A team of astronomers from Yale University photographed Comet Borisov on Sunday, November 24, using Hawaii’s Keck Observatory. The eerie black and white image reveals the interstellar object’s tail to be nearly 100,000 miles (160,000km) long.
This is approximately 14 times Earth’s diameter and more than 40 percent the distance from Earth to the Moon.
stronomers are taking advantage of Borisov’s visit, using telescopes such as Keck to obtain information about the building blocks of planets in systems other than our own
Professor Greg Laughlin
Yale astronomy Professor Pieter van Dokkum said in a statement: “It’s humbling to realise how small Earth is next to this visitor from another solar system.”
But Comet Borisov’s tail dwarfs its body, with researchers believing its core is approximately just one mile (1.6km) wide.
The comet was first spotted in late August by amateur astronomer Gennadiy Borisov.
Analysis of the comet’s speed and trajectory revealed Borisov arrived into the Solar System from far away, making it the only the second known interstellar object after the mysterious body ‘Oumuamua, first spotted in October 2017.
Astronomers didn’t see ‘Oumuamua until it had already zoomed past Earth on its way toward the outer Solar System, limiting the opportunity for detailed study.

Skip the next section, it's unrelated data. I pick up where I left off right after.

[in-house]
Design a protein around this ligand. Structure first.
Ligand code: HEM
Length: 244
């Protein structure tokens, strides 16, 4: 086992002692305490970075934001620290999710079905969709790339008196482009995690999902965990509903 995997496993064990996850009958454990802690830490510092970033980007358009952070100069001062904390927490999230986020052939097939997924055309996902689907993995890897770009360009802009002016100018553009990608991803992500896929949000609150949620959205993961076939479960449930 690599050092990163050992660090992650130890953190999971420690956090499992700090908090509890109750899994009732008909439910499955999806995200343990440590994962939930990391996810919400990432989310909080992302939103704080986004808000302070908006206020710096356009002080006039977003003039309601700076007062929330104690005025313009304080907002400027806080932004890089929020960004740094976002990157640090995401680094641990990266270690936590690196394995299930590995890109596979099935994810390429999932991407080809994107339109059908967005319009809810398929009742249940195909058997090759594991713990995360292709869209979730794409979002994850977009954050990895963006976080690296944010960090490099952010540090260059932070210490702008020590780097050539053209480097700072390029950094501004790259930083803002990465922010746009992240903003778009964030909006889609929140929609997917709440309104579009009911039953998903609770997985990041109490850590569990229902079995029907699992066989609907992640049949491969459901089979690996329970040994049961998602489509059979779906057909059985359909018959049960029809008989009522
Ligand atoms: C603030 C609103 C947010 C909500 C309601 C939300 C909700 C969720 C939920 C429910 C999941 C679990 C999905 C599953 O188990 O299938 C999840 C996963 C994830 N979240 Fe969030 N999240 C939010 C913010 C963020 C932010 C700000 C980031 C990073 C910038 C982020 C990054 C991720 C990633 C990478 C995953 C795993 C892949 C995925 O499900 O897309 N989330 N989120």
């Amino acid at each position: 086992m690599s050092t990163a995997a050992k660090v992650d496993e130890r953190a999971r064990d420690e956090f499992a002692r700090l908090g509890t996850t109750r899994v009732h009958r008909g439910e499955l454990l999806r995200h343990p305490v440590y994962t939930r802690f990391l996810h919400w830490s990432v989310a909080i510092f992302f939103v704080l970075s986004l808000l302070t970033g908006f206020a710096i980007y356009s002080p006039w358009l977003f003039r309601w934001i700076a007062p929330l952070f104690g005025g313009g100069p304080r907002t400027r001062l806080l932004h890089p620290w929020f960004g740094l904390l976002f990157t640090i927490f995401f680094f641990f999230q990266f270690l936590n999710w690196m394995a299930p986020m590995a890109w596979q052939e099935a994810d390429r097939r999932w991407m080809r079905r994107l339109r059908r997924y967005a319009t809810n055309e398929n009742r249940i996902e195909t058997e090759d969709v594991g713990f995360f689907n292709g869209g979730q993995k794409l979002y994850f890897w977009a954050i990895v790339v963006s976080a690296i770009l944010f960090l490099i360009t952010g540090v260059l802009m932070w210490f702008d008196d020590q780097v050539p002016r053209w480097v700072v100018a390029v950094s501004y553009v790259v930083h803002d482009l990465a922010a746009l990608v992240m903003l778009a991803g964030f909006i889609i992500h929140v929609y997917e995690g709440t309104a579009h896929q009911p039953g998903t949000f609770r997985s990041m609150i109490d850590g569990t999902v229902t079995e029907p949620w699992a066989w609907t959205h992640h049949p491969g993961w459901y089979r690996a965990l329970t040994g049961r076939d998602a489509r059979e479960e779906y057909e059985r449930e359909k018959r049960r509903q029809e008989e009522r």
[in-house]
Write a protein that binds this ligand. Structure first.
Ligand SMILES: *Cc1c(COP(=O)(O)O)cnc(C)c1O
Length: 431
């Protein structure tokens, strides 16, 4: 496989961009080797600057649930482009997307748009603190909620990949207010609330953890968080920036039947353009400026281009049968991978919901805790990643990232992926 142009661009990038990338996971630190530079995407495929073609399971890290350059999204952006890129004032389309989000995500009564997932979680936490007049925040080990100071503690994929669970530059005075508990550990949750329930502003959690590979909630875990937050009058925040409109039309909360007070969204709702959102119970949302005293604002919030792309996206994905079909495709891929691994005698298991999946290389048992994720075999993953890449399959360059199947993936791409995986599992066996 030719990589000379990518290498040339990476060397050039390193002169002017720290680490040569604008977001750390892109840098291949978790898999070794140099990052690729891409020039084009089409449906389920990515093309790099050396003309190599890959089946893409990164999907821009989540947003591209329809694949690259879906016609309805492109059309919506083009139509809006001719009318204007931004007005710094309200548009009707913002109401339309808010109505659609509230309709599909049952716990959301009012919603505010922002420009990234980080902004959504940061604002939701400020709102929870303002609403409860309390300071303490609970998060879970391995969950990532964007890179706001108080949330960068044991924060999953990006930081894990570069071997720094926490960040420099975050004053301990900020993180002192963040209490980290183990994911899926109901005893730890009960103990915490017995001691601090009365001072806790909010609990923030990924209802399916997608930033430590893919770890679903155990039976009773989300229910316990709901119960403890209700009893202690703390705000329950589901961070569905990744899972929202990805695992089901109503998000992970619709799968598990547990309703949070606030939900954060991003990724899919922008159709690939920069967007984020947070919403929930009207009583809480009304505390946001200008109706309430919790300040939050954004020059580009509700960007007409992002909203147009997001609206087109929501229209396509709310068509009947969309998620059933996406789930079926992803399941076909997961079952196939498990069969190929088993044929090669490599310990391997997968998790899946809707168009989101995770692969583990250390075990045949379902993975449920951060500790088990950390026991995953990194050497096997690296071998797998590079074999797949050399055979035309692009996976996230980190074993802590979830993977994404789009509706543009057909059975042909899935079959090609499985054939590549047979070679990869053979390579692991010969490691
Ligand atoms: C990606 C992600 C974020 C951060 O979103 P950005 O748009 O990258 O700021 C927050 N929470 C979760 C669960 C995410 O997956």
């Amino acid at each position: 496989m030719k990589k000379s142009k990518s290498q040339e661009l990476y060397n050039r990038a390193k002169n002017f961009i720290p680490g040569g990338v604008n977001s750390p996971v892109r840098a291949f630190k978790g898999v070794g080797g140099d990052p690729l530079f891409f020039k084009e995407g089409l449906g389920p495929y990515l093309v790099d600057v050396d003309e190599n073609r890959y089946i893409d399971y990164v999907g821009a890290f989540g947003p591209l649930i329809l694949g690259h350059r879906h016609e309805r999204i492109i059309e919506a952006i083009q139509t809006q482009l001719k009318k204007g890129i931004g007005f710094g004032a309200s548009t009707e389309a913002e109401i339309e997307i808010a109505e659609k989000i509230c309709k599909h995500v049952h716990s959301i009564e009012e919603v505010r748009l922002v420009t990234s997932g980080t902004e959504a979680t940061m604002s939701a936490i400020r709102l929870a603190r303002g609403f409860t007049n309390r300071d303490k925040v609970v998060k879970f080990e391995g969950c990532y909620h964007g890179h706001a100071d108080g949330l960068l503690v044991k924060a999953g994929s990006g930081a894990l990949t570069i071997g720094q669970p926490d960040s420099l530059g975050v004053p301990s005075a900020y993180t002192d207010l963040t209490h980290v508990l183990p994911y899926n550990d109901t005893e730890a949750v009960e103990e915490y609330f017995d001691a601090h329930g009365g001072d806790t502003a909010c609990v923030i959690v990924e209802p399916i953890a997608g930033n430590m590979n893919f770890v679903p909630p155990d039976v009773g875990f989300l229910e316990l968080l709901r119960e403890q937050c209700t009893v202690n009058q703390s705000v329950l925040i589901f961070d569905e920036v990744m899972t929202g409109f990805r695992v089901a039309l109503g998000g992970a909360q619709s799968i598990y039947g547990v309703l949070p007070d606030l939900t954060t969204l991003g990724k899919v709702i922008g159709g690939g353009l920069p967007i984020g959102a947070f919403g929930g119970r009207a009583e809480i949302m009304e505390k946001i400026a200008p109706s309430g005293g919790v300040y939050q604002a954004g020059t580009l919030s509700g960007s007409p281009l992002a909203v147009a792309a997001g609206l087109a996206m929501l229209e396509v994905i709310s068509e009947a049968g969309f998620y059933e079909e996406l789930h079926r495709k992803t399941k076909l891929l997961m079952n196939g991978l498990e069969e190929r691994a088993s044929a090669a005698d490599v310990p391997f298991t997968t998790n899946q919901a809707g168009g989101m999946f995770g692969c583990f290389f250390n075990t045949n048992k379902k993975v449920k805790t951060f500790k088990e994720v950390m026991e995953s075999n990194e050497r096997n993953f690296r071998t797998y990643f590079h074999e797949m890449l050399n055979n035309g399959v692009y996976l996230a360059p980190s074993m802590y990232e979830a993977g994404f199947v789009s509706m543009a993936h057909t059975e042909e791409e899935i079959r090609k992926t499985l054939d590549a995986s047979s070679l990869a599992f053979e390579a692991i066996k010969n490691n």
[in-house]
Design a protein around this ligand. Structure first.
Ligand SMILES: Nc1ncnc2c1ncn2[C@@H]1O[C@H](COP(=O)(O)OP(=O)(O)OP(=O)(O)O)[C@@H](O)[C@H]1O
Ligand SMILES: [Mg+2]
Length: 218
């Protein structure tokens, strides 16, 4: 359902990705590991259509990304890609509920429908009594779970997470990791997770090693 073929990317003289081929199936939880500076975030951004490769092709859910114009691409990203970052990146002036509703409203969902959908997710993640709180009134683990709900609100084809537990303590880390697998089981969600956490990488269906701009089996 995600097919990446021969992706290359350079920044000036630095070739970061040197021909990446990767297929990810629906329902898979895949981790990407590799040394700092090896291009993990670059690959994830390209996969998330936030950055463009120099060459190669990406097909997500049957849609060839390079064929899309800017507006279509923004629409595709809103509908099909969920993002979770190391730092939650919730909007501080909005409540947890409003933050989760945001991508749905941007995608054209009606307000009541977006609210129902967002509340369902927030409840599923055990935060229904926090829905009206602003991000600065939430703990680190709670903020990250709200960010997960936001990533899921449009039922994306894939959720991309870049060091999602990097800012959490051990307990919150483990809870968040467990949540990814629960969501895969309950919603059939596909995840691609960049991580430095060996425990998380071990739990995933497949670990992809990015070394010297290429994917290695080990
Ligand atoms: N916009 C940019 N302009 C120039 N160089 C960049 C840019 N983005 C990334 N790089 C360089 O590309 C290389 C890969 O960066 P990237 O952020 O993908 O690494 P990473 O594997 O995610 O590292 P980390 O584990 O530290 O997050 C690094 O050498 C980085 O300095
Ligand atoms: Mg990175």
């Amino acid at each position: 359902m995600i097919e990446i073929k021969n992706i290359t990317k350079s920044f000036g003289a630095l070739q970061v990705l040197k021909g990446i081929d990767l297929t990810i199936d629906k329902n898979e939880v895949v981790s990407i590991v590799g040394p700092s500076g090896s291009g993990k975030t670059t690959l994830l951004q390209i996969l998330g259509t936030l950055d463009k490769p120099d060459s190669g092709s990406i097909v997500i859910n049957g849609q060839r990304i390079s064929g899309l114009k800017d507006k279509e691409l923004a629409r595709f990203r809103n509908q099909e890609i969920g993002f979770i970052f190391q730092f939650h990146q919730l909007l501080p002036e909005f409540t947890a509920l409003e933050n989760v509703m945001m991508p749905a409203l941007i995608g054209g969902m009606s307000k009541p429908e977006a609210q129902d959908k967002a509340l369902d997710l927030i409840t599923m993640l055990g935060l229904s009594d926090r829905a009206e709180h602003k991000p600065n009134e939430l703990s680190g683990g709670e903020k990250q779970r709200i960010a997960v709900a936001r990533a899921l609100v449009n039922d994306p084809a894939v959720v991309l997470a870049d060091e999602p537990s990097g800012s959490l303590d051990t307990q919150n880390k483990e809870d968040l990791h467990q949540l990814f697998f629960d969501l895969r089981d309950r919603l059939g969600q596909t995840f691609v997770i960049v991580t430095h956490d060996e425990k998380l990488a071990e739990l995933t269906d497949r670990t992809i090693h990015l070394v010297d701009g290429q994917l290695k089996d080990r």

But Comet Borisov is a more obliging target because it is still inward bound.
The comet’s closest approach to the Sun will come on December 8 and closest approach to Earth following about three weeks after that.
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Yale astronomy professor Greg Laughlin said: “Astronomers are taking advantage of Borisov’s visit, using telescopes such as Keck to obtain information about the building blocks of planets in systems other than our own.
Amateur astronomers will be able to observe Borisov over the coming weeks as well, although powerful optical equipment will be required.
The Sky & Telescope site wrote: ”Based on observing many comets over decades, we probably can rule out seeing the object in anything smaller than an 8-inch telescope under pristine skies.”
Astronomers believe ’Oumuamua and Borisov are likely only the first of many interstellar visitors to be recognised.
There are probably many more of these visitors cruising through our Solar System undetected.
But scientists should start getting a decent idea of their population soon, when some big new observatories — such as the Large Synoptic Survey Telescope, which will be a very efficient small-body hunter — come online.
The first known interstellar object to visit our solar system, ‘Oumuamua, was discovered by the University of Hawaii’s Pan-STARRS1 telescope, funded by NASA’s Near-Earth Object Observations Program, which finds and tracks asteroids and comets in Earth’s neighbourhood.
While originally classified as a comet, observations revealed no signs of cometary activity after it slingshotted past the Sun at a blistering speed of 196,000mph (315,431kmh).
Oumuamua was briefly classified as an asteroid until new measurements found it was accelerating slightly, a sign it behaves more like a comet.
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